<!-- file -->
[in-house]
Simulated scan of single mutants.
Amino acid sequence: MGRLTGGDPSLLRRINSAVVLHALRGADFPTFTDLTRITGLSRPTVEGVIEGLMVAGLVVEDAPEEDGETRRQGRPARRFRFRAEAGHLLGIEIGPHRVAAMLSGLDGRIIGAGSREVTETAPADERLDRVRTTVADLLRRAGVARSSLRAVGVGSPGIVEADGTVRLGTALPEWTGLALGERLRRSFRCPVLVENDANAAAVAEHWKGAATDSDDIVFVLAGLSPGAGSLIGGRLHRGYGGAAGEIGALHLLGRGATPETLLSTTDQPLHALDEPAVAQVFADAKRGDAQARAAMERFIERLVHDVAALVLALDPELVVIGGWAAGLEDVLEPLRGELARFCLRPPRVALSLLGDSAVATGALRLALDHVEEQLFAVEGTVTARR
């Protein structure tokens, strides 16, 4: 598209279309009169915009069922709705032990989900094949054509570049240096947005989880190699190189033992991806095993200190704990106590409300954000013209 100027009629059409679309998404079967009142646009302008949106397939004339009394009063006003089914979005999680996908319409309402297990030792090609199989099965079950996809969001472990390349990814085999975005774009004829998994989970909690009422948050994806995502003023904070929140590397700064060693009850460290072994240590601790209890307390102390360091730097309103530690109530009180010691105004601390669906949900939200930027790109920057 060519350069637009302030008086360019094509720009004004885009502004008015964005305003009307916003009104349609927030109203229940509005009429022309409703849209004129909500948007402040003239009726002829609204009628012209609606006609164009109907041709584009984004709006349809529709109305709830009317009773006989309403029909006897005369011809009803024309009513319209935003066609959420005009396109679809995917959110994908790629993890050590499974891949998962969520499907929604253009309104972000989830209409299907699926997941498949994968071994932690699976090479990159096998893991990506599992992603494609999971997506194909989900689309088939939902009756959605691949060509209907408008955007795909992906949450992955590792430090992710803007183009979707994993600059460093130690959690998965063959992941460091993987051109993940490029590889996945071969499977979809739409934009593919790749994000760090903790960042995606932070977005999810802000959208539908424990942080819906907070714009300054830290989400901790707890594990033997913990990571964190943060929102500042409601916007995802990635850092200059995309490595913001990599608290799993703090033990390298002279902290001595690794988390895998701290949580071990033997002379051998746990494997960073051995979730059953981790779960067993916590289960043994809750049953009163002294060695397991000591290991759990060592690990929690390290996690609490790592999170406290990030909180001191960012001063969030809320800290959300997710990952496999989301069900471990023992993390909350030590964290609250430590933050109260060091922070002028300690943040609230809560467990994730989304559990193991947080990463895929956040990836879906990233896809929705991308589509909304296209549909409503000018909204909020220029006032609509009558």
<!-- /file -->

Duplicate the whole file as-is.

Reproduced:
[in-house]
Simulated scan of single mutants.
Amino acid sequence: MGRLTGGDPSLLRRINSAVVLHALRGADFPTFTDLTRITGLSRPTVEGVIEGLMVAGLVVEDAPEEDGETRRQGRPARRFRFRAEAGHLLGIEIGPHRVAAMLSGLDGRIIGAGSREVTETAPADERLDRVRTTVADLLRRAGVARSSLRAVGVGSPGIVEADGTVRLGTALPEWTGLALGERLRRSFRCPVLVENDANAAAVAEHWKGAATDSDDIVFVLAGLSPGAGSLIGGRLHRGYGGAAGEIGALHLLGRGATPETLLSTTDQPLHALDEPAVAQVFADAKRGDAQARAAMERFIERLVHDVAALVLALDPELVVIGGWAAGLEDVLEPLRGELARFCLRPPRVALSLLGDSAVATGALRLALDHVEEQLFAVEGTVTARR
């Protein structure tokens, strides 16, 4: 598209279309009169915009069922709705032990989900094949054509570049240096947005989880190699190189033992991806095993200190704990106590409300954000013209 100027009629059409679309998404079967009142646009302008949106397939004339009394009063006003089914979005999680996908319409309402297990030792090609199989099965079950996809969001472990390349990814085999975005774009004829998994989970909690009422948050994806995502003023904070929140590397700064060693009850460290072994240590601790209890307390102390360091730097309103530690109530009180010691105004601390669906949900939200930027790109920057 060519350069637009302030008086360019094509720009004004885009502004008015964005305003009307916003009104349609927030109203229940509005009429022309409703849209004129909500948007402040003239009726002829609204009628012209609606006609164009109907041709584009984004709006349809529709109305709830009317009773006989309403029909006897005369011809009803024309009513319209935003066609959420005009396109679809995917959110994908790629993890050590499974891949998962969520499907929604253009309104972000989830209409299907699926997941498949994968071994932690699976090479990159096998893991990506599992992603494609999971997506194909989900689309088939939902009756959605691949060509209907408008955007795909992906949450992955590792430090992710803007183009979707994993600059460093130690959690998965063959992941460091993987051109993940490029590889996945071969499977979809739409934009593919790749994000760090903790960042995606932070977005999810802000959208539908424990942080819906907070714009300054830290989400901790707890594990033997913990990571964190943060929102500042409601916007995802990635850092200059995309490595913001990599608290799993703090033990390298002279902290001595690794988390895998701290949580071990033997002379051998746990494997960073051995979730059953981790779960067993916590289960043994809750049953009163002294060695397991000591290991759990060592690990929690390290996690609490790592999170406290990030909180001191960012001063969030809320800290959300997710990952496999989301069900471990023992993390909350030590964290609250430590933050109260060091922070002028300690943040609230809560467990994730989304559990193991947080990463895929956040990836879906990233896809929705991308589509909304296209549909409503000018909204909020220029006032609509009558």